NPI's Cascadia Advocate

Offering commentary and analysis from Washington, Oregon, and Idaho, The Cascadia Advocate is the Northwest Progressive Institute's unconventional perspective on world, national, and local politics.

Friday, April 12th, 2019

Poll Watch: Democratic voters in California offer strong support to Joe Biden

A recent Quin­nip­i­ac Uni­ver­si­ty poll asked vot­ers in Cal­i­for­nia, the nation’s largest state, about the upcom­ing Demo­c­ra­t­ic pres­i­den­tial pri­ma­ry.

The poll shows that for­mer Vice Pres­i­dent Joe Biden still leads the field, with 26% of Demo­c­ra­t­ic lean­ing vot­ers sup­port­ing his can­di­da­cy. He is trailed by Bernie Sanders (18%) and California’s own Sen­a­tor Kamala Har­ris (17%).

South Bend May­or Pete Buttigieg and Mass­a­chu­setts Sen­a­tor Eliz­a­beth War­ren came a dis­tant joint-fourth, with 7% each.

The Quin­nip­i­ac researchers also asked vot­ers more in-depth ques­tions about the race: who they thought would be the best leader; who they thought had the best chance of beat­ing Trump; and who had the best pol­i­cy ideas.

Biden did well in all three cat­e­gories.

Joe Biden stud­ies the audi­ence at Net­roots Nation dur­ing his Thurs­day after­noon keynote. (Pho­to: Andrew Villeneuve/NPI)

31% and 35% respec­tive­ly say that he is the best leader and the best can­di­date for beat­ing Trump. Although more respon­dents thought that Bernie Sanders had bet­ter pol­i­cy ideas (23% to Biden’s 13%), 52% of vot­ers say it is more impor­tant for a can­di­date to be a good leader than to have good pol­i­cy ideas.

Biden has is seen as a strong leader by Cal­i­for­ni­ans

Biden has not yet declared if he will run for the Demo­c­ra­t­ic nom­i­na­tion, and has recent­ly been rat­tled by a num­ber of events – most par­tic­u­lar­ly, the op-ed writ­ten by Lucy Flo­res that claimed that Biden’s inap­pro­pri­ate touch­ing of her at a cam­paign event in 2014 made her feel “uneasy, gross and con­fused”.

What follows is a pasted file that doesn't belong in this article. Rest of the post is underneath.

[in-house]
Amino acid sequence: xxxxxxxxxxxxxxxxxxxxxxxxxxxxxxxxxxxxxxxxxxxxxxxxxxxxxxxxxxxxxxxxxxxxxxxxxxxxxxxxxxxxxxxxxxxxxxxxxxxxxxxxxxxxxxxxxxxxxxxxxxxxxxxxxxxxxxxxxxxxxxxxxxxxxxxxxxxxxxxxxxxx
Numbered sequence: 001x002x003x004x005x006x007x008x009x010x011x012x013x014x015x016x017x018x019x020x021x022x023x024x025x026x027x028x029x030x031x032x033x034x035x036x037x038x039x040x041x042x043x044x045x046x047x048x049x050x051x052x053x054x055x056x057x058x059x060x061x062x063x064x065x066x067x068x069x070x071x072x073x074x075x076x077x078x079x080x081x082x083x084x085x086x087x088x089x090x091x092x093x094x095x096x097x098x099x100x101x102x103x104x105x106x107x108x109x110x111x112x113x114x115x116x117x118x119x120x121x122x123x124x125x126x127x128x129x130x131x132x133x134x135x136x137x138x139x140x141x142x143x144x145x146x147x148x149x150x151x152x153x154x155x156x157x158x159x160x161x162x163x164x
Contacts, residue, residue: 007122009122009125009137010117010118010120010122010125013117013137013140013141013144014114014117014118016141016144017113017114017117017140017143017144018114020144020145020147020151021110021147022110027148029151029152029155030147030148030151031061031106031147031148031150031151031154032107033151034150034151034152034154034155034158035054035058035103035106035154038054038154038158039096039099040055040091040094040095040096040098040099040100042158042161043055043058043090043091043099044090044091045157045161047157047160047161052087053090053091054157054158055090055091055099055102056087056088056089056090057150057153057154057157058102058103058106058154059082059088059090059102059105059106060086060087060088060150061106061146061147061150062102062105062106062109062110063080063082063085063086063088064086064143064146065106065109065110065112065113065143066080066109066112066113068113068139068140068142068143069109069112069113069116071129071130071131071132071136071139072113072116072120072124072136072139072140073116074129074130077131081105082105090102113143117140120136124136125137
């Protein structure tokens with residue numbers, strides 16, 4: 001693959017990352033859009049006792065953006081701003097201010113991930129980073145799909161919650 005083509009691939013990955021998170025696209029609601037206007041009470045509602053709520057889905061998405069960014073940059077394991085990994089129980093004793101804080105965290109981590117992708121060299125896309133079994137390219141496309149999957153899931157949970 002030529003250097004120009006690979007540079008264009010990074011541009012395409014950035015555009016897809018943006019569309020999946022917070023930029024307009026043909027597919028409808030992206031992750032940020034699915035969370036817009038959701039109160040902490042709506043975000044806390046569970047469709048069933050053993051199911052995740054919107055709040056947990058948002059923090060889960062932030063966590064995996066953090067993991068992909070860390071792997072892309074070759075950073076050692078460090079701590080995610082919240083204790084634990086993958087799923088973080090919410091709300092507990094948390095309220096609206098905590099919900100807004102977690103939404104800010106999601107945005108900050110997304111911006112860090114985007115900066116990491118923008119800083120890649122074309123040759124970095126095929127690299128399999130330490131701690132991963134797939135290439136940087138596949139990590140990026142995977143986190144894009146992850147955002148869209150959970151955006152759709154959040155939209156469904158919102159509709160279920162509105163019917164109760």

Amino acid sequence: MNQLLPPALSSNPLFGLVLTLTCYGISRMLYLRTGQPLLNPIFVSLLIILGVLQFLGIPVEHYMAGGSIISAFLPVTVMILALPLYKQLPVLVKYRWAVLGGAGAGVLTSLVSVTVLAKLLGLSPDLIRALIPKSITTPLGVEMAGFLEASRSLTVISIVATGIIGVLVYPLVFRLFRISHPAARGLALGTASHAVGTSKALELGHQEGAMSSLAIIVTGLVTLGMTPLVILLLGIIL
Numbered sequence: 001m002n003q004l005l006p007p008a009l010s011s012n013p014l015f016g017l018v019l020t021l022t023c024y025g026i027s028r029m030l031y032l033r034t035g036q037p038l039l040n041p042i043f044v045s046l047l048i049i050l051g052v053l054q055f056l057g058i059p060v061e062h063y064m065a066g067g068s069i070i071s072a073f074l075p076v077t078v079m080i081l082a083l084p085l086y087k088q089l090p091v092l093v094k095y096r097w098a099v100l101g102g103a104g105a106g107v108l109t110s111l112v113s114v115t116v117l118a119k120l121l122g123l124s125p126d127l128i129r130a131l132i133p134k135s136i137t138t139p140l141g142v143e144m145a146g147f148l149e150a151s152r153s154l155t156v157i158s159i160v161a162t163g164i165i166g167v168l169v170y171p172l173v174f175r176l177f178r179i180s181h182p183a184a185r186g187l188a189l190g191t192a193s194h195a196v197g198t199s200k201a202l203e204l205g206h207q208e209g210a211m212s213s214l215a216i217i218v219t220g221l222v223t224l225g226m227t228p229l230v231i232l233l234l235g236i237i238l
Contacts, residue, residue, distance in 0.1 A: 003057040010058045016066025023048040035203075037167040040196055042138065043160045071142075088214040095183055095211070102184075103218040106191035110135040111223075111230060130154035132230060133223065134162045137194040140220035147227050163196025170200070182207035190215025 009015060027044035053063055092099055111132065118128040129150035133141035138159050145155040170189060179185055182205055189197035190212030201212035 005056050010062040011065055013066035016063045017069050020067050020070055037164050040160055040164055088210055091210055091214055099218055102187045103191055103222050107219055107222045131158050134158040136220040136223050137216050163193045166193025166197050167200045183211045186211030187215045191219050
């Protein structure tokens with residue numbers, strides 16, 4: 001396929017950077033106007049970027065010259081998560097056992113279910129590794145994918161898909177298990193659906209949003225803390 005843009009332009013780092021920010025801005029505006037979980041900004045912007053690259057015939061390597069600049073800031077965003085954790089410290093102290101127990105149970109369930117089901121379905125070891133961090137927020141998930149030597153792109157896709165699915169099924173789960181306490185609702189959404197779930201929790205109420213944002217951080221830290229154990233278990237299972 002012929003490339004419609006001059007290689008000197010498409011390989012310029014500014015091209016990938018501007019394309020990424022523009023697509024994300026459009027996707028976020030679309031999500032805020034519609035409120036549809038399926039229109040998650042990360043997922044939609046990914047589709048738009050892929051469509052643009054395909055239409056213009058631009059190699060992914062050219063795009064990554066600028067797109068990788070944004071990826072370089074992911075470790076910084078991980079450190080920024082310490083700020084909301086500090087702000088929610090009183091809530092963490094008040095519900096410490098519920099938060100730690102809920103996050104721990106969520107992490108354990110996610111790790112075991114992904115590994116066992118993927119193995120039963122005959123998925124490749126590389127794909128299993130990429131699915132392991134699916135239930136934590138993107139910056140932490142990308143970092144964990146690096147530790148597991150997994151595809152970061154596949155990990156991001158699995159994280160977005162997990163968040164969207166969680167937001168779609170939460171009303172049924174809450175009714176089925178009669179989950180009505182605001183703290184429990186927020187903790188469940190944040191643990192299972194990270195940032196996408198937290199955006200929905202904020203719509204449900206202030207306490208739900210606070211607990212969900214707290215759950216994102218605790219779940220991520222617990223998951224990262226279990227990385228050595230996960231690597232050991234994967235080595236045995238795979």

How­ev­er, the poll showed that Cal­i­for­nia vot­ers don’t seem par­tic­u­lar­ly trou­bled by the accu­sa­tions against Biden.

67% of the women sur­veyed said that the accu­sa­tions against Biden were not seri­ous – that num­ber among Democ­rats was almost three quar­ters.

Cal­i­for­nia will play an instru­men­tal role in the selec­tion of the next Demo­c­ra­t­ic nom­i­nee. In 2017 the state decid­ed to move its pri­ma­ry date to the begin­ning of March, join­ing sev­en oth­er states on “Super Tues­day”.

Joe Biden at MLK Day Breakfast

For­mer Vice Pres­i­dent Joe Biden at the Nation­al Action Net­work Mar­tin Luther King Jr. Day Break­fast, where AFGE Nation­al Sec­re­tary-Trea­sur­er Everett Kel­ley received a labor leader award. (Pho­to: AFGE, repro­duced under a Cre­ative Com­mons license)

In 2016, Cal­i­for­nia held its pri­maries in June, by which time the most pop­u­lous state’s votes were large­ly irrel­e­vant; by June of 2016, both Hillary Clin­ton and Don­ald Trump were the pre­sump­tive nom­i­nees.

Mov­ing the pri­ma­ry to Super Tues­day will make com­pe­ti­tion for California’s over four hun­dred del­e­gates much fiercer (since 1,885 are need­ed to win the nom­i­na­tion) and can­di­dates will be like­ly end up pay­ing much more atten­tion to the spe­cif­ic pri­or­i­ties of Cal­i­forn­ian vot­ers than they did in 2016.

At the time of the change, the state’s Demo­c­ra­t­ic Par­ty Chair, Eric Bau­mann, said that Cal­i­for­nia was “the beat­ing heart of the nation­al resis­tance to Trump” and should “play a piv­otal role in select­ing a pro­gres­sive cham­pi­on” to face Trump in 2020. This ear­ly polling sug­gests that despite his recent rough patch, Joe Biden has a good shot at becom­ing that pro­gres­sive cham­pi­on.

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One Comment

  1. I think the fac­tor in that is name recog­ni­tion. I think at this time, can­di­dates are build­ing their cam­paigns in oth­er regions of the coun­try.

    # by Maple Valley Mike :: April 13th, 2019 at 7:55 AM